Darkest Hour plays at the Orpheum Theatre in Fairfield on Friday & Saturday, June 15-16 and June 24-25.
Darkest Hour is a historical drama set in 1940 as Winston Churchill (Gary Oldman) takes office as the new prime minister in the face of a terrible crisis. Hitler has conquered most of Europe, and the British army of 300,000 men has been driven back to Dunkirk on the northern shore of France where it faces imminent annihilation. In contrast to 2017’s Dunkirk, this film portrays what was happening not on the battlefield of war, but on the battlefield of politics, as Britain’s leaders wrestled with the prospect of total military defeat and the potential destruction of their government and way of life. The crux of the story concerns how the crusty, unpopular Churchill impacted his government at this critical time and changed the course of history.
The quality of acting is uniformly excellent from a slate of top-drawer British actors. Oldman rightfully won the Oscar for Best Actor (as well as numerous other awards). Also featured are Kristin Scott Thomas as Churchill’s wife Clemmie, Stephen Dillane as Foreign Secretary Halifax, Ronald Pickup as ex-prime minister Neville Chamberlain, Lily James as Churchill’s stenographer, and Ben Mendelsohn as King George VI.
The script by Anthony McCarten, who also wrote the screenplay for The Theory of Everything, is at times very British—i.e., a bit stuffy—but is mostly intelligent and gripping, except for straying into cheesiness towards the end (a superfluous subway scene). For the sake of drama, the script also fudges history in other ways—for example, portraying Churchill vacillating about whether to negotiate with Hitler when, in fact, for years he had been sounding dire warnings about Hitler’s brutal ambitions for world domination. Director Joe Wright’s previous films include Pride and Prejudice, Atonement, The Soloist, Anna Karenina, and Pan.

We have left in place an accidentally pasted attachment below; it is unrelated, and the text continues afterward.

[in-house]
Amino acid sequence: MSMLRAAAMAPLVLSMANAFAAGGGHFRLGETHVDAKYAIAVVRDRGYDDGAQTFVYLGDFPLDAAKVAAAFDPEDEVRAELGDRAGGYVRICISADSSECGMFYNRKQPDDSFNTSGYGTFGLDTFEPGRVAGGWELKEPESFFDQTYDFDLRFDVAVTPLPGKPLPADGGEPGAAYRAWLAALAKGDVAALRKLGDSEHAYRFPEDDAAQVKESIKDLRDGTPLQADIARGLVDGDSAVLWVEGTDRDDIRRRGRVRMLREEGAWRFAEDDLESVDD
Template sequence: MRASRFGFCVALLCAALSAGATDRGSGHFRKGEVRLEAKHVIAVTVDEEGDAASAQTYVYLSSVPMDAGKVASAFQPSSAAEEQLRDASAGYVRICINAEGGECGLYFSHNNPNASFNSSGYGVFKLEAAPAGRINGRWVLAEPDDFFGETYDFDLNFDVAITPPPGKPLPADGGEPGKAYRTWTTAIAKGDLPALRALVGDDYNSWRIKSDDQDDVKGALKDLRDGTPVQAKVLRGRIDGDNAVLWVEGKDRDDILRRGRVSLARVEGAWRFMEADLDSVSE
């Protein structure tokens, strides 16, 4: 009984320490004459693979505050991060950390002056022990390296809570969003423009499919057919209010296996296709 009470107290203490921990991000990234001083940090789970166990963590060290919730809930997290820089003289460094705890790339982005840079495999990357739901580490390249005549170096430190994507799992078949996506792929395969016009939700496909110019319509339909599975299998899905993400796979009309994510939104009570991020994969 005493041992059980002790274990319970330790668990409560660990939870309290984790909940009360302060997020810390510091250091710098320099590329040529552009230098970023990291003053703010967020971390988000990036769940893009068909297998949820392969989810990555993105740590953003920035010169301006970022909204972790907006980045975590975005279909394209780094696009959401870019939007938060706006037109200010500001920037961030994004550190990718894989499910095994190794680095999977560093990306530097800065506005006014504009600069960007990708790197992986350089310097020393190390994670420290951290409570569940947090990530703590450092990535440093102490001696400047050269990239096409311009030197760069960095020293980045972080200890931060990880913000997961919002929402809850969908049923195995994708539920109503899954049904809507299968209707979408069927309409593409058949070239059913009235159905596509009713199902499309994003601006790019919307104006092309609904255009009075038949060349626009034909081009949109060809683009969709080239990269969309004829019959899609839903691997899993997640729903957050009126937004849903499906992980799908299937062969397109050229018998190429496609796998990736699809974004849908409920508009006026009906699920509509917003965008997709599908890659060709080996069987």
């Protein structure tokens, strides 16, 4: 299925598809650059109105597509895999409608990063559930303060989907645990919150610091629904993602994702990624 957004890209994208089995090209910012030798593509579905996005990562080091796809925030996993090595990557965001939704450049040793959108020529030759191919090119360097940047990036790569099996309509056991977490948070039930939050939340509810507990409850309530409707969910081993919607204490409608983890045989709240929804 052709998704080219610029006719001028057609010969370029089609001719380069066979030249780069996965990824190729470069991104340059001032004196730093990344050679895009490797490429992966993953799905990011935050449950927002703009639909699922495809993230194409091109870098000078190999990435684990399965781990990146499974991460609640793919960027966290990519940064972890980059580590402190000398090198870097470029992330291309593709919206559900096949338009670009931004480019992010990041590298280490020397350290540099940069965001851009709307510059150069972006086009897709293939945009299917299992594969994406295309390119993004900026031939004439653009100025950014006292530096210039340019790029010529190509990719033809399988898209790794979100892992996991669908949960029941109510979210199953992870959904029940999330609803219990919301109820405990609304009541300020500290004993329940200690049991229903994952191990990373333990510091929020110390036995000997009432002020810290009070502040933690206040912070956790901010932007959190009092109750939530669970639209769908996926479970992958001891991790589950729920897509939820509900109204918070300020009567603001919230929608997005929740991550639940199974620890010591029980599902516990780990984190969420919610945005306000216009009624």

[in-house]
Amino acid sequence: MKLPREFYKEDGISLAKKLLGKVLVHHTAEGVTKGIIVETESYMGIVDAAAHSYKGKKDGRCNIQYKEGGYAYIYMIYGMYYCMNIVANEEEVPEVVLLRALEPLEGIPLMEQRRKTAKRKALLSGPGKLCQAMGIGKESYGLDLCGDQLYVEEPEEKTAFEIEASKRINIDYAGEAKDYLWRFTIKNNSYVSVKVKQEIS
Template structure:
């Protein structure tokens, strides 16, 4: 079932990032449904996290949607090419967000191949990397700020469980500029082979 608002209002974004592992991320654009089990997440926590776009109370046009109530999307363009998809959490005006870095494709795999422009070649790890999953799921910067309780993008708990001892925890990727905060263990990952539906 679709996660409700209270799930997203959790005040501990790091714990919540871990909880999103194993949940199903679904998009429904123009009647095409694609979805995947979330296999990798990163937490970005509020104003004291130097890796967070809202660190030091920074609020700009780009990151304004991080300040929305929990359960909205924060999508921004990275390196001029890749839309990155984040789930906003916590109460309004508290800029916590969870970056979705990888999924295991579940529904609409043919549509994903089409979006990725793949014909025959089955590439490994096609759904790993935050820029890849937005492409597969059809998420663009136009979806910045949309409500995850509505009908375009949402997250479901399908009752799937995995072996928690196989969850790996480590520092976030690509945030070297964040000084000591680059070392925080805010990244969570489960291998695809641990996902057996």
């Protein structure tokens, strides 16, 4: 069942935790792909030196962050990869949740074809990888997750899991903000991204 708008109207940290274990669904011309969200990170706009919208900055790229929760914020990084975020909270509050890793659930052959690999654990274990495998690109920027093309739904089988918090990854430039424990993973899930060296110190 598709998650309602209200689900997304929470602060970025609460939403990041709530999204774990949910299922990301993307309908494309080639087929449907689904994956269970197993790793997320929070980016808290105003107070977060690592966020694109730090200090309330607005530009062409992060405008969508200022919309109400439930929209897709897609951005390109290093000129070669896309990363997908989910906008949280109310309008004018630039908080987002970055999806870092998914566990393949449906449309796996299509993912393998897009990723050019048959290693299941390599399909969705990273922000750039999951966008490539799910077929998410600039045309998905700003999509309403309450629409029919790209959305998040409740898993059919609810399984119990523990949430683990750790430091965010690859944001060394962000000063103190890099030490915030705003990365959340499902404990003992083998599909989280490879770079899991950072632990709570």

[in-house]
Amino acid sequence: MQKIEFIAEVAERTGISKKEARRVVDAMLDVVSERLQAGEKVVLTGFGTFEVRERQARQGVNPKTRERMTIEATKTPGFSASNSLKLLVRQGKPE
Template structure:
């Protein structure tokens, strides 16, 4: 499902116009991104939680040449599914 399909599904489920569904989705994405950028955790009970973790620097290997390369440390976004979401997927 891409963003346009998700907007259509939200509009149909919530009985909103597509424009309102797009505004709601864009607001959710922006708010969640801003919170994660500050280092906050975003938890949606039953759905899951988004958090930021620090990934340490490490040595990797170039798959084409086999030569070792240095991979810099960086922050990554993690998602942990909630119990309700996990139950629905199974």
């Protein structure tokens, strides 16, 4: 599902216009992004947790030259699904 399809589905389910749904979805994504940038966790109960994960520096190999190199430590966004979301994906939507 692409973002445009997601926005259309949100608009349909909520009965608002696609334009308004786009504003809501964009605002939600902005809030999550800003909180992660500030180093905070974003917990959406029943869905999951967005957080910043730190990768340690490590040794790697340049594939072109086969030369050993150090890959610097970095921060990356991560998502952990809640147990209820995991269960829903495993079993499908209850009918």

What is of real interest to us today, and particularly for Americans, is the realization brought home by this film that if it weren’t for Churchill’s stubbornly adamant and idealistic stance against Hitler, World War II might have gone a radically different way, with Hitler conquering and ruling Britain and most of the Western world. It’s also a reminder that if America hadn’t abandoned its neutrality and entered the war, the same result would’ve occurred. (There’s a hilarious phone call between Churchill and Roosevelt that speaks to this issue.) It’s a lesson that decisions made by world leaders create history that deeply impacts us all.